This blink and you’ll miss it interlude is maybe one of the better intro music type songs Reznor ever recorded, and while it’s only slightly over one minute, the way it slinks in and zero’s on it’s prey in a very science fiction way is what draws me to the song. It signals the arrival of a benevolent force, with conquering on it’s mind, and an appetite that knows no limits.This nearly singular beat runs rampant through the track, and as quickly and with as much fury as it arrived, it’s gone.
4. Metal, Things Falling Apart
This Gary Numan cover was initially done over a decade ago as part of the remix album that followed “The Fragile,” and while some of the songs aren't the best, ‘Metal” delivers in a wonderful way. For me it harkens back to the production quality of “Broken,” with it’s in your face beats and rough edges while continuing to redefine the concept of what thought provoking industrial could be in the beginnings of the aughts. Reznor lets loose fluidly during the first course of the song, but by the end it builds to a hauntingly atmospheric track that perfectly conveys how well nin is able to move from one area to the next.
3. Adrift and At Peace, Quiet
Another from the “Quiet” tracks, this song is among the most floaty and spatially full songs ever recorded by the band. Elements of “La Mer” and “The Great Below” are present here, but “Adrift and At Peace” is able to sit poised and cool and stand on it’s own two legs. In the three minutes the song rarely picks up pace, but that seems to be in line with the vibe and aesthetic of the track. The listener is meant to be at peace, and peace implies an easy voyage, and the instrumentation of the song absolutely sets you at a slower, more content pace.
2. Home, With Teeth B-Sides
This song is just so incredible. Seriously it might be the best thing that ever came from “With Teeth” existing in the world. Now, “WT” isn’t a terrible album, but for better or worse it has moments that are completely forgettable. “Home” however, is one of the bright moments. This is a track so good I genuinely wish it had been included on the record, but for whatever reason it isn’t. The drumming is feracious and concentrated, while Reznor’s slow sullen voice doesn’t hit full full stride until the two minute mark, but it’s gone just as swiftly. The song doesn’t have some bug operatic moment in terms of the instrumentation, but it’s not needed at all. It’s a heavy down tempo song that fills the space it needs to, and leaves hints of what’s to come in places it deems safe.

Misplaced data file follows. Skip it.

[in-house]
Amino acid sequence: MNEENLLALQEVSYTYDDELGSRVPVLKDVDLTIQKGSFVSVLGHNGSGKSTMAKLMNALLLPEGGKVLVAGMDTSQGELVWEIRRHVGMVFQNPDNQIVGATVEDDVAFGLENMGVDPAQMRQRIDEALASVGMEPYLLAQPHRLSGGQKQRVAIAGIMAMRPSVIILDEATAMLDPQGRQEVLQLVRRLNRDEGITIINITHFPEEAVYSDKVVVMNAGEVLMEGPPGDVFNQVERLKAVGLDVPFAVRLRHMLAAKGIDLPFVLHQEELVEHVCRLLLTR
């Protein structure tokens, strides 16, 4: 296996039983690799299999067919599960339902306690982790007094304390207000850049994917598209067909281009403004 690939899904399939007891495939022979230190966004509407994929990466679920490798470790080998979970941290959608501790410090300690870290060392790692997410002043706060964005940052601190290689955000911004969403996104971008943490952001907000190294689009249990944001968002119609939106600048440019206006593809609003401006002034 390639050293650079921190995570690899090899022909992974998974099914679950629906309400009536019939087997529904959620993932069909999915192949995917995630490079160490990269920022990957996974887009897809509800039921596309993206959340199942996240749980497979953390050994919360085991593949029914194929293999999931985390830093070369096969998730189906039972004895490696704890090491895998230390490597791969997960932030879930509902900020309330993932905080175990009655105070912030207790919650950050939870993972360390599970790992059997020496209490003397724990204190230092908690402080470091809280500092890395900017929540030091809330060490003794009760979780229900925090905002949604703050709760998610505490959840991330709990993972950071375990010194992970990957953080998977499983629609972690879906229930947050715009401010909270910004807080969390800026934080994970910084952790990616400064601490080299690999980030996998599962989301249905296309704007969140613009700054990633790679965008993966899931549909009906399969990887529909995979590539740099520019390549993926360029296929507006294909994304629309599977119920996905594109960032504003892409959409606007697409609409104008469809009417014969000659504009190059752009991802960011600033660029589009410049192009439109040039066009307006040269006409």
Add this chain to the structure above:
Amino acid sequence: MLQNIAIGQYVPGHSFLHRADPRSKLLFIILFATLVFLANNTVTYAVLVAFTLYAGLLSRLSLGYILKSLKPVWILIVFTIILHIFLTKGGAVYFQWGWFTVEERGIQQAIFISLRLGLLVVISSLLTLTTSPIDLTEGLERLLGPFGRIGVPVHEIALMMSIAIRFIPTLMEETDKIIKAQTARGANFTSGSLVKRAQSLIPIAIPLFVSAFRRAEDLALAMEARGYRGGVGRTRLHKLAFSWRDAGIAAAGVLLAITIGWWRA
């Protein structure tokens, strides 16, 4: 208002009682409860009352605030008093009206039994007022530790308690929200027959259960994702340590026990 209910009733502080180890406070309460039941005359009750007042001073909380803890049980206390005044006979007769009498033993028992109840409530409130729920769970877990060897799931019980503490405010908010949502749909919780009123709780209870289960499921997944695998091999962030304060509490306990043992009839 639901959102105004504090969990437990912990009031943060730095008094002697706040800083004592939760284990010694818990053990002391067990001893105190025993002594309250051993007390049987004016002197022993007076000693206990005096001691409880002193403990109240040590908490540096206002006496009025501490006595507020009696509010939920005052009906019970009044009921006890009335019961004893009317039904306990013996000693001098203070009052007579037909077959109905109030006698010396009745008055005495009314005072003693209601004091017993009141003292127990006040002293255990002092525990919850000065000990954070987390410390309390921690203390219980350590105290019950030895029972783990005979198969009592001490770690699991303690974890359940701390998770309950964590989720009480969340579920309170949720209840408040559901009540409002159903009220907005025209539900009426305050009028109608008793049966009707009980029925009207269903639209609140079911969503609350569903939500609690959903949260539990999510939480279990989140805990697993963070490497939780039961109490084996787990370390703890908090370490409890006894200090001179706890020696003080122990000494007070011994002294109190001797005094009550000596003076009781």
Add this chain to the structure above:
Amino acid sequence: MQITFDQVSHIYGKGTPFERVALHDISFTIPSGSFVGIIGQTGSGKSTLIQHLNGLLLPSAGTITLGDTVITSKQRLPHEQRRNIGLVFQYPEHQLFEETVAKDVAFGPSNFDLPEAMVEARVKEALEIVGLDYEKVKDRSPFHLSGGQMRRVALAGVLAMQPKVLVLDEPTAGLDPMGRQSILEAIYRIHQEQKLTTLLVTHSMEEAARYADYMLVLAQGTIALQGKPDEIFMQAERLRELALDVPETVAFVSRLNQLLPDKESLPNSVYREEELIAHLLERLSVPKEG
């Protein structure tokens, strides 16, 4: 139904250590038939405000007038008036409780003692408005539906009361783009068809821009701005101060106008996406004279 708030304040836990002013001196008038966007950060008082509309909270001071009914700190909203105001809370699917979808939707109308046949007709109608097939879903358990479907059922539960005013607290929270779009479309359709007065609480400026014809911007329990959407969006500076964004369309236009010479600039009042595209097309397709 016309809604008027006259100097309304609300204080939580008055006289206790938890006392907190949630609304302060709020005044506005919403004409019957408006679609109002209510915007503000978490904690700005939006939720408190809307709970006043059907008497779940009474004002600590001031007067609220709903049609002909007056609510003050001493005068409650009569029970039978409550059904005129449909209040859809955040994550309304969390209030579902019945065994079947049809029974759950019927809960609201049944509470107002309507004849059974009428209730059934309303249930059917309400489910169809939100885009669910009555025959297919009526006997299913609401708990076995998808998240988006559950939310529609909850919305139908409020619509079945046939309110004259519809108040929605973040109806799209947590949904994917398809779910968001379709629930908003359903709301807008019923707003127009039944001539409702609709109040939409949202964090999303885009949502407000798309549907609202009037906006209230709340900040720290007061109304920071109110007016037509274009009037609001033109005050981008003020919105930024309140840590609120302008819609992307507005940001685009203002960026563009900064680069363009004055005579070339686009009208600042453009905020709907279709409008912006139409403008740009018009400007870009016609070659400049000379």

1. Burn, Natural Born Killers OST
And finally we arrive at number one.Created for the absolutely brilliant “NBK” film, Reznor makes a song so full of resentment and anger that you can feel it enveloping you as it takes your senses over. The beats are brilliant, and the story of seeing what you're meant to become, for better or worse is captivating. The vocals are an arrangement of hushed and violent, which may sound weird, but it’s generally a song about going all the way into the worse ports of yourselves, and finally getting to a point where you’re “Gonna Burn this whole world down.” Speaking of the buildup and breakdown, it’s one of the better ones ever created by Reznor, and to this this day that sections inspires many a fist pumped at concerts. In conclusion, “Burn” isn’t only the best non album format nine inch nails track, but also a song that is fundamentally perfect in the vein of violent industrial music. Thanks for reading.
Landon Murray is a published writer and an avid lover of music, books and films. He's also a lover of the New Orleans Saints. He was born in 1982 and has a chainsaw tattoo on his arm.